Box-Oriented Chaos Offense is Just Out There Having Fun

PHOTO COURTESY OF PREMIER LACROSSE LEAGUE

Chris Cloutier's backhanded shovel in the first quarter had the ESPN broadcast fawning.


In a rematch of the 2021 Premier Lacrosse League semifinals, the Archers and Chaos squared off in the 2022 PLL semis, and the Archers drew first blood thanks to a Matt Moore goal just about two minutes into the game.

Then it was time for the Chaos offense to go to work. Chris Cloutier struck first at the 9:24 mark of the first quarter. He received a pass bottom-left from Josh Byrne and swept to his right, and with the defender turning him away from the middle, he turned back to his left. With a slide coming to double him, he unleashed a shovel shot from a few yards inside the two-point arc that went from low to high and over Archers goalie Adam Ghitelman’s shoulder.

On the ESPN broadcast, Paul Carcaterra yelled, “Get it on SportsCenter Top 10!” and the cameras caught backup goalie Austin Kaut with his hands on his head and his eyes wide in amazement.

The Chaos weren’t done yet.

A few minutes later, Byrne, coming off a pick top left, cut down the middle, and in front of the net, unleashed a behind-the-back shot past Ghitelman. Two minutes after that, Cloutier capped the first quarter scoring with another shovel shot for a goal.

In just one quarter, the Chaos offense had the broadcasters fawning, Twitter buzzing and the Archers on their heels.

The Chaos offense keeps things fun, and that is a big reason why the team is playing in its third straight championship game — a Sunday matchup against the Waterdogs at 3 p.m. at Subaru Park in Chester, Pa.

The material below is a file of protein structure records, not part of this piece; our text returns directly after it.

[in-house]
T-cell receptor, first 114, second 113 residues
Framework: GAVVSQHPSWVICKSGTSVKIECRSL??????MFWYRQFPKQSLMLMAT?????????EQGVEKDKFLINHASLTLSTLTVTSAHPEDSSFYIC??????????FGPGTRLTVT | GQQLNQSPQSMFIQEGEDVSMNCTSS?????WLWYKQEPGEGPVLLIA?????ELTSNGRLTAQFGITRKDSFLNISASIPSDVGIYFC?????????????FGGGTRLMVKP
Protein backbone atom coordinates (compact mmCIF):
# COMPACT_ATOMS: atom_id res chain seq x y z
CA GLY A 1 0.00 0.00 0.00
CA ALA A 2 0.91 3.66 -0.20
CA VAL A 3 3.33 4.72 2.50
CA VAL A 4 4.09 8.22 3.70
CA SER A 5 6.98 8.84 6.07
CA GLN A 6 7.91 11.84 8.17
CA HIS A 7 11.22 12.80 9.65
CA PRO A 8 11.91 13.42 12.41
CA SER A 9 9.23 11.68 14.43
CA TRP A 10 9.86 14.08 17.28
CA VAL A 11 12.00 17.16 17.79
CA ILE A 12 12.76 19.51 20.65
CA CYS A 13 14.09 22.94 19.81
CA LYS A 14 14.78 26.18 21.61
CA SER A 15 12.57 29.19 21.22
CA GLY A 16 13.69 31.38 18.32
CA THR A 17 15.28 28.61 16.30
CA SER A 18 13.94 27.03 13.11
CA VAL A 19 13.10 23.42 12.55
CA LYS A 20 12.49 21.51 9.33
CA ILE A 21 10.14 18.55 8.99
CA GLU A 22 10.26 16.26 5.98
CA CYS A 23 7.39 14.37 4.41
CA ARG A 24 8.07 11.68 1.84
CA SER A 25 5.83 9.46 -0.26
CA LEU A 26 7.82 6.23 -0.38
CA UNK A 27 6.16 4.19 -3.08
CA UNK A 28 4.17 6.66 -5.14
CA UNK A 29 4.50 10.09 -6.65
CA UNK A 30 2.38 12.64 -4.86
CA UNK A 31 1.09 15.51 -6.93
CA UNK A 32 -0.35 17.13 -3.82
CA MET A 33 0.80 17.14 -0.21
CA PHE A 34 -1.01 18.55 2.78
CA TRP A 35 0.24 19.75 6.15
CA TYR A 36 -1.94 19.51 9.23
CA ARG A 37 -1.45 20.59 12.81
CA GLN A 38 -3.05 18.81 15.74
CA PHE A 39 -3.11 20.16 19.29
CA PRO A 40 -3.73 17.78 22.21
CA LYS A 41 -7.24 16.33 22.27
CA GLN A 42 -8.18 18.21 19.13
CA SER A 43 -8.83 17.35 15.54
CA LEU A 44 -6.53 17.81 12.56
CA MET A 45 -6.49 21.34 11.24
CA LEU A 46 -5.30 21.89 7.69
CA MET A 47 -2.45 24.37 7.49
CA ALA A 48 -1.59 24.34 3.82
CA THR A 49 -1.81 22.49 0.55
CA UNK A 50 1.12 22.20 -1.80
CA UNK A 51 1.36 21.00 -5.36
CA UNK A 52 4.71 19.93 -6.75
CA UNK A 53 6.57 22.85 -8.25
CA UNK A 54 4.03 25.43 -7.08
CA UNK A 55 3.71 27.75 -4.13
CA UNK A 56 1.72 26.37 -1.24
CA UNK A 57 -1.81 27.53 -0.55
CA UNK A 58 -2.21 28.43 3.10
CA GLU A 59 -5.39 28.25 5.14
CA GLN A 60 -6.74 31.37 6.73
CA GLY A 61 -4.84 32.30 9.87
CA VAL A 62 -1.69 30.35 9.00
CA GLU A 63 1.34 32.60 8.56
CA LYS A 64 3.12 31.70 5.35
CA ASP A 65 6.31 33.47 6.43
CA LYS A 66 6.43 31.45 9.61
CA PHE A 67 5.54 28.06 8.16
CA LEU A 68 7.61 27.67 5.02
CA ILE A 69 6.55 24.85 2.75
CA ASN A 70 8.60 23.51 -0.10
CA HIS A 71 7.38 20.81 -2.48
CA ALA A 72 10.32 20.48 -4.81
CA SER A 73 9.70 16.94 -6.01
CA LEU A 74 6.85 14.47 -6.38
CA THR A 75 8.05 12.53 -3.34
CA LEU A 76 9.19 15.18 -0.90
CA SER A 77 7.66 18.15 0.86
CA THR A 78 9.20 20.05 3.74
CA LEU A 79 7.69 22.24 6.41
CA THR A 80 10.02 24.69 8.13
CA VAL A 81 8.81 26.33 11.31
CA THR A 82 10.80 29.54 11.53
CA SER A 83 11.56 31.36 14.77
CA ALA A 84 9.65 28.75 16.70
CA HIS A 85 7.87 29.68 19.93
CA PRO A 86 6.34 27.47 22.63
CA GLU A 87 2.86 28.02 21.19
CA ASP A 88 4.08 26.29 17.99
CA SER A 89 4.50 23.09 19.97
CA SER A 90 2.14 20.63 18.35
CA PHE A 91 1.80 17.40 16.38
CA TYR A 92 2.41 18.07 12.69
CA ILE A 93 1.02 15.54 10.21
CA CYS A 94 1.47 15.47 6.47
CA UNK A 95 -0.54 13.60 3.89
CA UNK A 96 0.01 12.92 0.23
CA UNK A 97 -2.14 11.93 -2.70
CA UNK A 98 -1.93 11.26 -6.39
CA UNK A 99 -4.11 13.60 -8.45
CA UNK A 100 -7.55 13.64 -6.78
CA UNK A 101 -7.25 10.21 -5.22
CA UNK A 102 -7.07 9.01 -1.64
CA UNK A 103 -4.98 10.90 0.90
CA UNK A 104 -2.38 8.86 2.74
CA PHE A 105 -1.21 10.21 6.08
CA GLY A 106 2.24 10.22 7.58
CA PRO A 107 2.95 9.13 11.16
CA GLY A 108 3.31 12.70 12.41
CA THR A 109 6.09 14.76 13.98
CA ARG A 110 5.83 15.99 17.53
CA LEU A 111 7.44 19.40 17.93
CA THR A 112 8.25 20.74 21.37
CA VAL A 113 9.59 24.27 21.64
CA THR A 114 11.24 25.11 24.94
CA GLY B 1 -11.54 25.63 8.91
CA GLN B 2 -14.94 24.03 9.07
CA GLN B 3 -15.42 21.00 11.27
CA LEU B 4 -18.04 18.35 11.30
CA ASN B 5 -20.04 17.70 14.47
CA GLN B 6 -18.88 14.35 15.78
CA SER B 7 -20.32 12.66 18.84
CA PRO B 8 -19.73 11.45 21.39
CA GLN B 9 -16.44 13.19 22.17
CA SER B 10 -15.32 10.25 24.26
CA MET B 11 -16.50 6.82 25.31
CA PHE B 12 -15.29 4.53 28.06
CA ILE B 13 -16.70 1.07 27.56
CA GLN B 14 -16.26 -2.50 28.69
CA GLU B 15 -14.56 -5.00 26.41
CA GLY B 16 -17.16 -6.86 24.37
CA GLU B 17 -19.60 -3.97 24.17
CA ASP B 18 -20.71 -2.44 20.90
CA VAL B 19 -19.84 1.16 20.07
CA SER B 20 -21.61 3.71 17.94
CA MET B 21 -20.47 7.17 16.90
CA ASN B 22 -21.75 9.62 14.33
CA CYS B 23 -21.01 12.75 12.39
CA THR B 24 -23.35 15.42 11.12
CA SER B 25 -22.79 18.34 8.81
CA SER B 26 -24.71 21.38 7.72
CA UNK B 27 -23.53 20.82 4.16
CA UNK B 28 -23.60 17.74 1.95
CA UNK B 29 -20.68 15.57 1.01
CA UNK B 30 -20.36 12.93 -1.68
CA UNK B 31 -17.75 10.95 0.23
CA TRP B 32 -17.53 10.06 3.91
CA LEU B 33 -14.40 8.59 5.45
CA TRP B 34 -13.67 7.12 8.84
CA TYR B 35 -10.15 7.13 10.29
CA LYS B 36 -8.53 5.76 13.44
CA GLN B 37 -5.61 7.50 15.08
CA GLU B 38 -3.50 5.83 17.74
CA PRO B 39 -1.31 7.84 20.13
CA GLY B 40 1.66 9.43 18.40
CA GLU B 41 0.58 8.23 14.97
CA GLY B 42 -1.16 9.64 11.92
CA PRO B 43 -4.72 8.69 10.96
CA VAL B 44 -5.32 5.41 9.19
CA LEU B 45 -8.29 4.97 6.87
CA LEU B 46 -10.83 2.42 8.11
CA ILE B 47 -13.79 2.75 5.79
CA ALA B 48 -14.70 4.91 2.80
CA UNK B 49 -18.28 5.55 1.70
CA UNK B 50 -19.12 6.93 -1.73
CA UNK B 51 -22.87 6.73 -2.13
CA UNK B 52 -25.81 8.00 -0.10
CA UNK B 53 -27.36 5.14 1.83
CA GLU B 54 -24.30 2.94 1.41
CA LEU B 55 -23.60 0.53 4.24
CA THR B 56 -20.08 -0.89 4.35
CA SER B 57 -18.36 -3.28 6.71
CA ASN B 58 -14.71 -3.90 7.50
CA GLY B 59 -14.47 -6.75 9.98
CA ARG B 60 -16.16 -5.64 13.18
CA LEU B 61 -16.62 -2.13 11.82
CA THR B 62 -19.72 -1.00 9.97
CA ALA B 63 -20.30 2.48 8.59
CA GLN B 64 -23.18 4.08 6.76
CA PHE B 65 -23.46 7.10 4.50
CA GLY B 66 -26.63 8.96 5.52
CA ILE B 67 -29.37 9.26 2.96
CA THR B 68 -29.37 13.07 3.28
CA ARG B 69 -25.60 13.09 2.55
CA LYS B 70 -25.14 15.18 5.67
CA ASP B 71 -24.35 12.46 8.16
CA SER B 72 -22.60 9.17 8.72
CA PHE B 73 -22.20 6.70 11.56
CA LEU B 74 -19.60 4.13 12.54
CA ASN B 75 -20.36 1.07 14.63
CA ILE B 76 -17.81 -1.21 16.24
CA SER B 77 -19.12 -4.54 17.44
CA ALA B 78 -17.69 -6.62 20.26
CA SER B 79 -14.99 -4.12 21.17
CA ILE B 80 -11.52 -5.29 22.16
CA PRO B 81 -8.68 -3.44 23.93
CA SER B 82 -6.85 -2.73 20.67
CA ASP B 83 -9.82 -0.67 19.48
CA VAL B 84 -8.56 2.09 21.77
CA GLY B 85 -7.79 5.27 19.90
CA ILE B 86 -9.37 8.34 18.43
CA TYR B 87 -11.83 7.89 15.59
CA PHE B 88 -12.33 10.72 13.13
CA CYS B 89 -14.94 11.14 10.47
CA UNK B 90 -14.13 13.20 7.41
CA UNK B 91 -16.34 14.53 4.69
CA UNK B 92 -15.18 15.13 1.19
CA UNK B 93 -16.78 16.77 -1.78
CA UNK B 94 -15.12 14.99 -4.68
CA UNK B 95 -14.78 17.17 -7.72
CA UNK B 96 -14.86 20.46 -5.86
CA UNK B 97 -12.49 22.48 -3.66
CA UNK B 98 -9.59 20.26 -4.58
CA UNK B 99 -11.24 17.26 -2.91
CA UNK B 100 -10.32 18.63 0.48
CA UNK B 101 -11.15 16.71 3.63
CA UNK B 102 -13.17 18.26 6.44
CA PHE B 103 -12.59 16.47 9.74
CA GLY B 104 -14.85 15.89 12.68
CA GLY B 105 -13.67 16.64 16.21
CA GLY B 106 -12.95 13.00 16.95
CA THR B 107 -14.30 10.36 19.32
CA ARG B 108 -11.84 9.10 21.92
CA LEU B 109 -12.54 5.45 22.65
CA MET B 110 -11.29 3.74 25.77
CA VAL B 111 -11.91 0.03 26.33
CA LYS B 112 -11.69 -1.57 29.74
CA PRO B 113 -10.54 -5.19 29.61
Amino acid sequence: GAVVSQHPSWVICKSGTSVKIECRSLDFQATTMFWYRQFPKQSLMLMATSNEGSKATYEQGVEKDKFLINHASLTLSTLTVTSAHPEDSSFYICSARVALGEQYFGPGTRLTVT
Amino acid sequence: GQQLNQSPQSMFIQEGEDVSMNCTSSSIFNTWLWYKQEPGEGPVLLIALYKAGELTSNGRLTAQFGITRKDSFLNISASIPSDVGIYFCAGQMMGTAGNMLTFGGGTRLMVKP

“I’ve got to give a lot of credit to [Chaos head coach] Andy Towers and [assistant coach Matt] Panetta to be ourselves and be creative and not punish us when we make a mistake or we might throw it into a window that’s a little bit too tight and the ball gets turned over or whatever it may be,” Byrne said. “I think each and every one of us are at our best when we are playing freely and really just having fun.”

While the fans and broadcasters are typically amazed by the unorthodox goals Chaos players score, those types of goals seem to come naturally to Byrne, Cloutier and others.

The two credit their upbringings in Canada for being able to score in atypical ways.

“A lot of people think the shovel shots are a wishful shot, but we grow up practicing that,” Cloutier said. “Against the wall, I’m not just throwing overhand. I told Ghitelman in the game, ‘I practice that shot at home.’ That is something I’ve been doing all through college, and it’s just a second nature. Now, it’s honestly more comfortable than a right-handed regular shot for me. But it’s also not forcing it. Doing it so much, you know when you can pull it and when you can’t and what’s good for the team. If it’s an even game or if we’re down one, maybe I hold onto that one.”